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Expedition to Explore the Arctic

U.S. Coast Guard Cutter Healy in the Arctic.


U.S. Geological Survey researchers are among an international group of scientists setting sail Aug. 25 on a voyage to explore the Arctic. This will be a five-week expedition aboard U.S. Coast Guard Cutter Healy.

The primary purpose of this mission is to map the Arctic seafloor and collect data to help define the outer limits of the U.S. continental shelf. There will be other projects taking place simultaneously on Healy, and this includes collecting water and ice samples to study ocean acidification in the Arctic.

Arctic Ocean Acidification

Ocean acidification occurs when carbon dioxide (CO2) increases in the atmosphere and is absorbed by the ocean. Acidification will continue to rise because CO2 levels are projected to increase. Acidification can disturb the balance of marine life in the world’s oceans, and consequently affect people and animals that rely on those food resources.

The Arctic Ocean is one of the most vulnerable areas for acidification, yet it is one of the least explored oceans in the world. The USGS is leading a project to study ocean acidification in the Arctic and what this means for the survival of marine and terrestrial organisms. This is the third consecutive year of research.

For more information, read a press release on this research. Those interested can also track this year’s expedition.

Mapping the Seafloor

The primary mission taking place on Healy is a collaborative effort to map the seafloor and help define the outer limits of the U.S. continental shelf in the Arctic.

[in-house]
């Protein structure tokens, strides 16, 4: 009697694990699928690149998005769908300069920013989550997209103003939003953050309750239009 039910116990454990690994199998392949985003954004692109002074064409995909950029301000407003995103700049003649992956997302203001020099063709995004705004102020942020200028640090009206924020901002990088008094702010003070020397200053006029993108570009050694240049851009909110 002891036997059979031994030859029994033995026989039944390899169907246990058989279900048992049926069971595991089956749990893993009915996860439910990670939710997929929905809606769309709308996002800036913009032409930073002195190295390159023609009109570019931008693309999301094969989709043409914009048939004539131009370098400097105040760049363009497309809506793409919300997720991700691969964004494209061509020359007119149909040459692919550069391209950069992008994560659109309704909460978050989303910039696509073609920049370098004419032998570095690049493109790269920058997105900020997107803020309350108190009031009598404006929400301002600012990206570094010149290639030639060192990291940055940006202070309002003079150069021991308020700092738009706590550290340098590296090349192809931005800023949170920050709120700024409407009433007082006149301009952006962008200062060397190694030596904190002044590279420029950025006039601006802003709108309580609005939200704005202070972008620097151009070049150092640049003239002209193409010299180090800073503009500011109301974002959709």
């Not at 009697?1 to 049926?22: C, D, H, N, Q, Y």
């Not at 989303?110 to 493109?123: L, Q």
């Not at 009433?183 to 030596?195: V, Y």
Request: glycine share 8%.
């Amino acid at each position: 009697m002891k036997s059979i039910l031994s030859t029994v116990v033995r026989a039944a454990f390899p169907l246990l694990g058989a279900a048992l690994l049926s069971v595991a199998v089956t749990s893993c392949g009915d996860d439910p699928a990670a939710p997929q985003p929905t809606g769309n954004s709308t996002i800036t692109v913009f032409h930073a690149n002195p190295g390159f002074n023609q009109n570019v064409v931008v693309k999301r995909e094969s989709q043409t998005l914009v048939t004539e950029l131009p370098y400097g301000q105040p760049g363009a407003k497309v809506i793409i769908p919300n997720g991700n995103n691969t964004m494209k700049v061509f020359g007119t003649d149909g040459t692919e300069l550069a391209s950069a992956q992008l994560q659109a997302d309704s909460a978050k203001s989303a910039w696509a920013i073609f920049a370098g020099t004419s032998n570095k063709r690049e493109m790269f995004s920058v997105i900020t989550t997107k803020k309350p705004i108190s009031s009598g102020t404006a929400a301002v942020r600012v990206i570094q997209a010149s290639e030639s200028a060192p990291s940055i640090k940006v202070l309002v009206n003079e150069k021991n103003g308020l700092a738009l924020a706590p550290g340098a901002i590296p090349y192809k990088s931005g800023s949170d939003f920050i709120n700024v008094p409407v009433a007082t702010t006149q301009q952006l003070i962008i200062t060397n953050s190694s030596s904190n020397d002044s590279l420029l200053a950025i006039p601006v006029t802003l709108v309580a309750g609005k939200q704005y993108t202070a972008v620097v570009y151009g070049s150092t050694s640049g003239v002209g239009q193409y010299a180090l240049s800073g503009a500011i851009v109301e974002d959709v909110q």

Each coastal nation may exercise sovereign rights over its continental shelf’s natural resources. These rights include control over minerals, petroleum and sedentary organisms such as clams, crabs and coral.

International law affords every coastal nation rights in its continental shelf out to 200 nautical miles from shore. If certain physical criteria are met, a nation is entitled to the continental shelf beyond 200 nautical miles, an area referred to as the “extended continental shelf” or ECS.

The United States is now collecting data to see if it meets those criteria to establish the limits for an ECS off the Alaska coast in the Arctic Ocean.

In addition to the Arctic, the United States is working to define its ECS off many of its other shores, including off the Atlantic coast and Northern Mariana Islands, and in the Bering Sea and Gulf of Mexico. View a map online.

This is the ninth ECS-related mission aboard Healy, and will likely be the last mission addressing U.S. ECS extent in the Arctic, provided the weather and equipment cooperate in the often uncertain and challenging Arctic environment.

Water samples using a CTD rosette were taken down to 4,600m in the Canada Basin to investigate ocean acidification.

Marrying Science and Law

Establishing the ECS is a scientific inquiry joined to legal questions in that it involves both geology and international law. Therefore, it requires a collaborative effort among many agencies.